IRS Revises Some 2018 Limits Because of Tax Cuts and Jobs Act
The IRS has revised several 2018 benefit limits and thresholds to reflect a change in the method of calculating certain cost-of-living adjustments (COLAs) prescribed under the Tax Cuts and Jobs Act (TCJA). The changes affect some of the limits that the agency had previously announced. The key revisions pertain to:
Health Savings Accounts (HSAs). The annual HSA contribution limit for individuals with self-only high-deductible health plan (HDHP) coverage remains at $3,450. But the limit for individuals with family HDHP coverage has been lowered to $6,850 (from $6,900). The minimum annual deductibles are unchanged at $1,350 for self-only HDHP coverage and $2,700 for family HDHP coverage. The out-of-pocket maximums are also unchanged at $6,650 for self-only HDHP coverage and $13,300 for family HDHP coverage.
The adoption assistance exclusion and adoption credit. The maximum amount that may be excluded from an employee’s gross income under an employer-provided adoption assistance program and the maximum adoption credit allowed to an individual for the adoption of a child are each $13,810 (down from $13,840). Both the exclusion and the credit begin to be phased out for individuals with a modified adjusted gross income (AGI) greater than $207,140 (down from $207,580) and are entirely phased out for individuals with modified AGI of $247,140 or more (down from $247,580).
The small business health care tax credit. The average annual wage level at which the tax credit begins to phase out for eligible small employers is $26,600 (down from $26,700). The maximum average annual wage for tax-credit eligibility is twice this amount — $53,200 (down from $53,400).
Archer Medical Savings Accounts (MSAs). For Archer MSA-compatible high-deductible health coverage, the annual deductible for self-only coverage must not be less than $2,300 or more than $3,450 (both amounts unchanged), with an out-of-pocket maximum of $4,550 (down from $4,600). For family coverage, the annual deductible must not be less than $4,550 (down from $4,600) or more than $6,850 (unchanged), with an out-of-pocket maximum of $8,400 (unchanged).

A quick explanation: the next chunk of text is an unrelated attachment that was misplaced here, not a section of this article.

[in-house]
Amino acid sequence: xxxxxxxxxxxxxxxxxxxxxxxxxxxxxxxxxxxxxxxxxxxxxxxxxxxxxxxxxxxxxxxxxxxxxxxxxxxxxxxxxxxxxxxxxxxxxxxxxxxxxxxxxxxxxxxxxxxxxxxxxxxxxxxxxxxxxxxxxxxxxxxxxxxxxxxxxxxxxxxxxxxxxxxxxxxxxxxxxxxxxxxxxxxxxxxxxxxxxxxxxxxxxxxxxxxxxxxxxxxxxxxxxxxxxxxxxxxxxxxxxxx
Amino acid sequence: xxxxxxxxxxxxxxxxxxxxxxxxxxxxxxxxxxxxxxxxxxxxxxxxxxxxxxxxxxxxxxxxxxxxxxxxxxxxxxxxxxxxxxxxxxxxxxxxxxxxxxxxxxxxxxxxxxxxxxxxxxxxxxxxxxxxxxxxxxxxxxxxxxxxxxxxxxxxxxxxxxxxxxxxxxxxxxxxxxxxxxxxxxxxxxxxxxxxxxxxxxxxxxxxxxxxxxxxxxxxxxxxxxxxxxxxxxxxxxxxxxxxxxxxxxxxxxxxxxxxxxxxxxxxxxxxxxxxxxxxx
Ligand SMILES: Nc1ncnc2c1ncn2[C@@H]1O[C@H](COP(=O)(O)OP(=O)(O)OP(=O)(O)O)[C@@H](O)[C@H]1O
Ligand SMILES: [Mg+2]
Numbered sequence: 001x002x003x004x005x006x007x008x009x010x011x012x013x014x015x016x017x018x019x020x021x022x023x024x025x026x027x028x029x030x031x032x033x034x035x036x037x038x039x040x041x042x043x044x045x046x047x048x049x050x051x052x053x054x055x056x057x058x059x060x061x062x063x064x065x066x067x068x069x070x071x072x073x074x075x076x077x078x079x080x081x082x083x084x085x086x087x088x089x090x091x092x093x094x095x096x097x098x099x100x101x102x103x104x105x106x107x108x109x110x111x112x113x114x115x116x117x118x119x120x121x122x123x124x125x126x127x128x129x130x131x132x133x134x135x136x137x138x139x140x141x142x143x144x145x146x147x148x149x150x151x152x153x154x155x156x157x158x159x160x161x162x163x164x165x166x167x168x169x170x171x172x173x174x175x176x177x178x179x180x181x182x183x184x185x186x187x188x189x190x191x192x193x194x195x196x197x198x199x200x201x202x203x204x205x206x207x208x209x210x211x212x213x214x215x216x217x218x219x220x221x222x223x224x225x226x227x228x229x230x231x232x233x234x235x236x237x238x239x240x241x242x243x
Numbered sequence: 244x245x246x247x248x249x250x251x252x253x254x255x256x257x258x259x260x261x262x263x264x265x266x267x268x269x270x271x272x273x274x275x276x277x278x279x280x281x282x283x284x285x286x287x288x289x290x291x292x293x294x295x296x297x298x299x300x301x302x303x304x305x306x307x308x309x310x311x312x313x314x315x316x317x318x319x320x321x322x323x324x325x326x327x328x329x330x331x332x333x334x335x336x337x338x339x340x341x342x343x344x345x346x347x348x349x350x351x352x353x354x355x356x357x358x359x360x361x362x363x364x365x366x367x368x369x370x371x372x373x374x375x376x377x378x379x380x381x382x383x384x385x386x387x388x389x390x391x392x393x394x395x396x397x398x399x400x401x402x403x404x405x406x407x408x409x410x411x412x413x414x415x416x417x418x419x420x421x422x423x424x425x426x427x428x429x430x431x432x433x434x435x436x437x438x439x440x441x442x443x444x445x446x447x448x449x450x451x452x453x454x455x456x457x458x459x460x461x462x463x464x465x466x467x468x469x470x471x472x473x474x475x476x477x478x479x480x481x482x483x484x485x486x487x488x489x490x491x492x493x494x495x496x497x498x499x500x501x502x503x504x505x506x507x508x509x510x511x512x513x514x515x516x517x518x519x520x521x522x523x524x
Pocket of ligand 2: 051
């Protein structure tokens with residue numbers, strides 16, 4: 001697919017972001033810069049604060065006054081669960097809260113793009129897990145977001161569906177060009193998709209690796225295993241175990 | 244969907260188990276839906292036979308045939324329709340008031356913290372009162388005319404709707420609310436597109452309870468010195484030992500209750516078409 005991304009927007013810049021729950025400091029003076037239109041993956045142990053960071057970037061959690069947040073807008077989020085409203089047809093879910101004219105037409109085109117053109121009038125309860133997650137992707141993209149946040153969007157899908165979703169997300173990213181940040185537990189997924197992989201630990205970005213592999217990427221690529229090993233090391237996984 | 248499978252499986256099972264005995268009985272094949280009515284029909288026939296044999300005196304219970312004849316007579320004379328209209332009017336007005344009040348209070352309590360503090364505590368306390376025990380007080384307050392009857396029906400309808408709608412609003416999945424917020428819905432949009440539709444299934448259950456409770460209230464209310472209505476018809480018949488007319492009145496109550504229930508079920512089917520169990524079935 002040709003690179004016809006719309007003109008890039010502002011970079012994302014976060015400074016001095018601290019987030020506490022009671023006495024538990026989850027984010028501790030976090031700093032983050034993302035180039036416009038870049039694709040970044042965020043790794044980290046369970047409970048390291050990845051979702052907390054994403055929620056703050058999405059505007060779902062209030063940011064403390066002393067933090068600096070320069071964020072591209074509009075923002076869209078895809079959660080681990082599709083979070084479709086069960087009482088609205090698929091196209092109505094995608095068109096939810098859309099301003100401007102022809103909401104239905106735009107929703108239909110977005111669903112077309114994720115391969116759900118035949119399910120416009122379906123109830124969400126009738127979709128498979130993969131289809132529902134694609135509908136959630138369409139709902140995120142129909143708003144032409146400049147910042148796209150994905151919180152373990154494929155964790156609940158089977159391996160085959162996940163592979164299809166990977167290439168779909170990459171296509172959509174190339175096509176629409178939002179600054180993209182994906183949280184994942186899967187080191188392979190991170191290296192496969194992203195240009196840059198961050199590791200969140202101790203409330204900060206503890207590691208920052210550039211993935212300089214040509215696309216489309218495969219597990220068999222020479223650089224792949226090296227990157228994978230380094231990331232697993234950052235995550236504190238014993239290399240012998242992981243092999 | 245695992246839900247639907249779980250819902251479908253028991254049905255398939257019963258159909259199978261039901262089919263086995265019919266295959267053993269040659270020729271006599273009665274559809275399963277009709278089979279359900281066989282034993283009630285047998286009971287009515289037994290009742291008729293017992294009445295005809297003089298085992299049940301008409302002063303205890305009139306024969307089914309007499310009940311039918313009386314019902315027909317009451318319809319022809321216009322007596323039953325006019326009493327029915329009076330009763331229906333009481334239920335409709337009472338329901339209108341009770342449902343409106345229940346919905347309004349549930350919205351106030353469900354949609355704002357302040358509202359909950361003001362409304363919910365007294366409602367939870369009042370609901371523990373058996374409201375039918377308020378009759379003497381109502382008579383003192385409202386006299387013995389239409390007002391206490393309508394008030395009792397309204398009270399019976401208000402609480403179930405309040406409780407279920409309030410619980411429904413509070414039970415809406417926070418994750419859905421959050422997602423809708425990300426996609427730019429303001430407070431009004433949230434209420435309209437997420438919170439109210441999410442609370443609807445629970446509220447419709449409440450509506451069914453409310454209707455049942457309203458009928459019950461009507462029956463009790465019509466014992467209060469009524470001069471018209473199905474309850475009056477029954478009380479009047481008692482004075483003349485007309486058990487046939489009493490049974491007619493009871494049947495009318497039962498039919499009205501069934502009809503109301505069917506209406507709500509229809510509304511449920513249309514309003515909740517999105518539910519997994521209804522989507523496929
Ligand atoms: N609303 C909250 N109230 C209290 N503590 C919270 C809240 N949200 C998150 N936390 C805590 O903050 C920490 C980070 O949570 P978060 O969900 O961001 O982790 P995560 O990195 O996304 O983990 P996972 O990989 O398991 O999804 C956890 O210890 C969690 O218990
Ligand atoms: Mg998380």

Other 2018 limits and thresholds remain unaffected. For example, the previously announced 2018 limits for salary reduction contributions to health Flexible Spending Accounts, qualified transportation fringe benefits and qualified small employer Health Reimbursement Arrangements haven’t changed. The IRS has also announced that the TCJA won’t affect the 2018 dollar limitations for qualified retirement plans.
Now that the agency has announced these changes, sponsors and administrators of benefits with changed limits will need to determine their next steps. Some plans may need to be amended to recognize the lower limits, and the changes should be communicated to employees. Moreover, elections based on the original (higher) limits may need to be changed and excess contributions (if any) will need to be addressed.
Attention ALEs: Sample Notice of 2015 liability now available
The IRS has released sample Notice CP 220J, which will be used to notify applicable large employers (ALEs) that the IRS has charged them an employer shared responsibility payment (ESRP) for one or more months. Such payments are the result of the Internal Revenue Code Section 4980H penalty that may be assessed against ALEs that fail to offer adequate health coverage to full-time employees and their dependents under the Affordable Care Act.
The Notice follows last year’s release of Letter 226-J (the initial letter notifying ALEs of a proposed ESRP) and Forms 14764 (an ALE’s response to a proposed ESRP) and 14765 (a list of employees receiving a premium tax credit). ALEs may use Form 14765 to change information previously reported on Forms 1095-C, potentially reducing or eliminating their ESRP liability. The IRS noted in Letter 226-J that it would review information submitted by ALEs and contact them, or would send nonresponding ALEs a notice and demand for the proposed ESRP.
The sample Notice CP 220J indicates that it’s for the tax period ending December 31, 2015, and states an amount due of $0. Presumably, this is just for purposes of the sample document and explains why the Notice also states that the ALE doesn’t owe the IRS any money. Actual notices are expected to include a dollar amount, with instructions for making payments, and omit the statement that money isn’t owed.
The Notice provides summary information about the ESRP, including circumstances that can trigger liability, and it describes steps the ALE can take to challenge the payment. A reminder is included that the ESRP isn’t deductible for federal income tax purposes.